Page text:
Water softeners are specific ion exchangers that are designed to remove ions, which are positively charged. Softeners mainly remove calcium (Ca2+) and magnesium (Mg2+) ions. Calcium and magnesium are often referred to as ‘hardness minerals’. Softeners are sometimes even applied to remove iron. The softening devices are able to remove up to five milligrams per litre (5 mg/L) of dissolved iron. Softeners can operate automatic, semi-automatic, or manual. Each type is rated on the amount of hardness it can remove before regeneration is necessary. A water softener collects hardness minerals within its conditioning tank and from time to time flushes them away to drain. Ion exchangers are often used for water softening. When an ion exchanger is applied for water softening, it will replace the calcium and magnesium ions in the water with other ions, for instance sodium or potassium. The exchanger ions are added to the ion exchanger reservoir as sodium and potassium salts (NaCl and KCl).
Costs of a water softener greatly depend upon the type of water softener and the type of energy that is used, but also upon the hardness of the water that needs softening and the water use. When the water is very hard and it is used heavily, the costs of softening will rise. Generally the costs of installing a water softener may vary from Rs 17000 to Rs 25000 The costs of water softeners are usually far outweighed by the benefits and cost savings obtained, through using softened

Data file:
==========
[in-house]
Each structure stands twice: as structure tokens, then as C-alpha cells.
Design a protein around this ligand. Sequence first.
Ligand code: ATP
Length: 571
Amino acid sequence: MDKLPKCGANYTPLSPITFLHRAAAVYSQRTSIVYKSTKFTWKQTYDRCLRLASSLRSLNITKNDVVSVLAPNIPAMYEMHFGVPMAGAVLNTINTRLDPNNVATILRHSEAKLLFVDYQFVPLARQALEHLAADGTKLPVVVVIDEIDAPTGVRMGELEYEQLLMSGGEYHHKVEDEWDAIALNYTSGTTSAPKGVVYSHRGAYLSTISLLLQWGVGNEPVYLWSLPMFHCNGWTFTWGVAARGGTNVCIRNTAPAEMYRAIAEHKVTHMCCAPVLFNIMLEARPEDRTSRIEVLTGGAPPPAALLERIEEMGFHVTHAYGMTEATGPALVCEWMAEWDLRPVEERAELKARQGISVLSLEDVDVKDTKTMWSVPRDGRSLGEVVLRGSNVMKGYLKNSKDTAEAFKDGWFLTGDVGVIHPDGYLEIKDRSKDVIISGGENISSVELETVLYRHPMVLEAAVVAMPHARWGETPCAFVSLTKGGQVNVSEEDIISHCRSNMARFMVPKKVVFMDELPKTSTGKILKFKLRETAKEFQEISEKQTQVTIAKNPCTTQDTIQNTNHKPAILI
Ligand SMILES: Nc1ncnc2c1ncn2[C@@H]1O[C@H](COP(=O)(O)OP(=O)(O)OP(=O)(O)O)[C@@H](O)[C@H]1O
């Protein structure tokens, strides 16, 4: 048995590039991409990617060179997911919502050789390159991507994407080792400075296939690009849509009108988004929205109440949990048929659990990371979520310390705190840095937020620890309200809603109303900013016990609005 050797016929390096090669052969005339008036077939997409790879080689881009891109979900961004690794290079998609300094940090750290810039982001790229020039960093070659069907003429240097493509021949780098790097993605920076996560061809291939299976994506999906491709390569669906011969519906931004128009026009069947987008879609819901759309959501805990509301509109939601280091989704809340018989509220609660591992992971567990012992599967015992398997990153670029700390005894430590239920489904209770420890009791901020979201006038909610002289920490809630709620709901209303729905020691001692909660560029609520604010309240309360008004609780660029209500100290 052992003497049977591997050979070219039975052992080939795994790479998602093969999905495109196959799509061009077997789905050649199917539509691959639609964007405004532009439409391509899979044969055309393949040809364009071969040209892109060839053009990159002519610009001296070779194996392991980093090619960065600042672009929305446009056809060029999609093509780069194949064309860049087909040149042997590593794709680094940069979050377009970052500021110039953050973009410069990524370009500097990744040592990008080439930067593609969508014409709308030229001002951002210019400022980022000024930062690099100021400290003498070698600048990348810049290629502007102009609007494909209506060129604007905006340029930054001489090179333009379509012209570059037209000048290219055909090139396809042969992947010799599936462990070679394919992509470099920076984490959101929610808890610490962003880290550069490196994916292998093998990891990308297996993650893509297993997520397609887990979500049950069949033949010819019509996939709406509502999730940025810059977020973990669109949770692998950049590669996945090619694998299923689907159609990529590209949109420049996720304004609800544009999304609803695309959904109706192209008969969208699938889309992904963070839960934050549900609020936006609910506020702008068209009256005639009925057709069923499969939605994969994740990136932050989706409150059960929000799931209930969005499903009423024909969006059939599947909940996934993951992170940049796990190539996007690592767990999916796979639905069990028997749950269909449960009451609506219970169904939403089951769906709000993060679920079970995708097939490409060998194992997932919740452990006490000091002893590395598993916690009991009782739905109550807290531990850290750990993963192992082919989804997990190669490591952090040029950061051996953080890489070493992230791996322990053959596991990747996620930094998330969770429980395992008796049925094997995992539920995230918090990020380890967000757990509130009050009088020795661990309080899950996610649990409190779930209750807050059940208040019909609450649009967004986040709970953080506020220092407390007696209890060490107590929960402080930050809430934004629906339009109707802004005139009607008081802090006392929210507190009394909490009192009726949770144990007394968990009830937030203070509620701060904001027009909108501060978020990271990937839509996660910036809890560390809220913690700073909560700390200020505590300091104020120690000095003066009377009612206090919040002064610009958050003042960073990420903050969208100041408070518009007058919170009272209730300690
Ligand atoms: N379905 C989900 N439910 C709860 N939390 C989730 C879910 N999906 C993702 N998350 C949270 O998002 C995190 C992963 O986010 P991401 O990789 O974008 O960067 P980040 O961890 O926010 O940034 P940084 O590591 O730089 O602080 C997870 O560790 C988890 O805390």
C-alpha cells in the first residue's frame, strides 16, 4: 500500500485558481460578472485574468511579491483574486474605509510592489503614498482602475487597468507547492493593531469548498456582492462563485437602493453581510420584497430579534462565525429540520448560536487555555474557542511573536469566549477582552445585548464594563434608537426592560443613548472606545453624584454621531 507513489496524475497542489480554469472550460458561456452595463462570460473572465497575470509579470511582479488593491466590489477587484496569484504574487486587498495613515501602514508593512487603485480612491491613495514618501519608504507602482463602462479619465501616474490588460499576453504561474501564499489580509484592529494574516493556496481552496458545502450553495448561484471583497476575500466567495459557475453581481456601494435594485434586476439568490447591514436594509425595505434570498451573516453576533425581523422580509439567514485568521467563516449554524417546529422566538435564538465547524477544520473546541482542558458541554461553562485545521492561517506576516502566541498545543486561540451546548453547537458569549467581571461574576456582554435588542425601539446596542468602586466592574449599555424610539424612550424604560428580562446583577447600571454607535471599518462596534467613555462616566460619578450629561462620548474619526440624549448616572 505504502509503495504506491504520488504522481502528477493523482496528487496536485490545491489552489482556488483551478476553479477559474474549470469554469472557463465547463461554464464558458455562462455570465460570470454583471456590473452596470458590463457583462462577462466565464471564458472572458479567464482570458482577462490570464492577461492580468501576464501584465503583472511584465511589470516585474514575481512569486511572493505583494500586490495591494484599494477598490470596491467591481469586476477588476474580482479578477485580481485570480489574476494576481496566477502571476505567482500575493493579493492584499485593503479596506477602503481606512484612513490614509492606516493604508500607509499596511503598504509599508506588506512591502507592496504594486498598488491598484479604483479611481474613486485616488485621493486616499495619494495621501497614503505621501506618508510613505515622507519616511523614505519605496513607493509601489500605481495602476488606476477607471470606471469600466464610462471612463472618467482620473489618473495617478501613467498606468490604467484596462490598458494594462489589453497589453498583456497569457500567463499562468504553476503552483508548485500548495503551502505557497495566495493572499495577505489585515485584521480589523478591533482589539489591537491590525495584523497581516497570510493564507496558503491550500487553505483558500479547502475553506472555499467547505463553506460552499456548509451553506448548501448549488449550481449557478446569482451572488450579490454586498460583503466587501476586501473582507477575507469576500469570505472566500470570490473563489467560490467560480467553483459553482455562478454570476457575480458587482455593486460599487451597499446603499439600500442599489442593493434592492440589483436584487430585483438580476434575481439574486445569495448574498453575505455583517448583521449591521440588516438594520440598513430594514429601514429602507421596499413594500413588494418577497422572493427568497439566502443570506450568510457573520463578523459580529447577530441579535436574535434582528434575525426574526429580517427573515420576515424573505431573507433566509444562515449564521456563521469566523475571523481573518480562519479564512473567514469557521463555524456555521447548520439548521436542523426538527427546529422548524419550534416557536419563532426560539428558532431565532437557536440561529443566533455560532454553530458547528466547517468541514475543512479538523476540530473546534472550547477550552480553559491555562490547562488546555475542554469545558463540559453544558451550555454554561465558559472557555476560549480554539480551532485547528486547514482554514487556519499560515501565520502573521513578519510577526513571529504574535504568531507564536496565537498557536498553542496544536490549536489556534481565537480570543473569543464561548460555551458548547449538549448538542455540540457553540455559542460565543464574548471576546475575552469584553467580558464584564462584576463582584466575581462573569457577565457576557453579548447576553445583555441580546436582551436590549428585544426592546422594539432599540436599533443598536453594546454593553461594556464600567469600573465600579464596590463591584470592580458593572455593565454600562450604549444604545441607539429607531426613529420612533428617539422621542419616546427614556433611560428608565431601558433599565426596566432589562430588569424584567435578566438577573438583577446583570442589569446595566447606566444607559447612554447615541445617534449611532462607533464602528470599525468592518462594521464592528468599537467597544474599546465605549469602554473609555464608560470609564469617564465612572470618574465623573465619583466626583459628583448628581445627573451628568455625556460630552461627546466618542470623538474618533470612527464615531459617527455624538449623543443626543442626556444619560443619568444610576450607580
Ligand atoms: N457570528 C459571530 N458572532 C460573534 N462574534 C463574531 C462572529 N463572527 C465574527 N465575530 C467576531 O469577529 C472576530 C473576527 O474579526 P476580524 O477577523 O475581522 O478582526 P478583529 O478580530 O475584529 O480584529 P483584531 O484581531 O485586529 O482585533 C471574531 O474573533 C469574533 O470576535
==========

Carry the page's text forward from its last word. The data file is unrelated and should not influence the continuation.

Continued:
Softened water still contains all the natural minerals that we need. It is only deprived off its calcium and magnesium contents, and some sodium is added during the softening process. That is why in most cases, softened water is perfectly safe to drink. It is advisable that softened water contains only up to 300mg/L of sodium. In areas with very high hardness the softened water must not be used for the preparation of baby-milk, due to the high sodium content after the softening process has been carried out.
Salt does not have the opportunity to enter drinking water through softening installations. The only purpose of salt in a water softener is to regenerate the resin beads that take the hardness out of water.
When the water does not become soft enough, one should first consider problems with the salt that is used, or mechanical malfunctions of softener components. When these elements are not the cause of the unsatisfactory water softening, it may be time to replace the softener resin, or perhaps even the entire softener. Through experience we know that most softener resins and ion exchange resins last about twenty to twenty-five years.
Usually it is not necessary to clean out a brine tank, unless the salt product being used is high in water-insoluble matter, or there is a serious malfunction of some sort. If there is a build-up of insoluble matter in the resin, the reservoir should be cleaned out to prevent softener malfunction
It is very to take them along during moving. Installation techniques involve quick fitting connections, similar to those used for laundry machines. All that has to be done is closing off the inlet and outlet valves of the softener and open up the bypass valve, allowing hard water to flow to the storage tank and household taps. After that the softener can be disconnected, moved to its new location and placed there.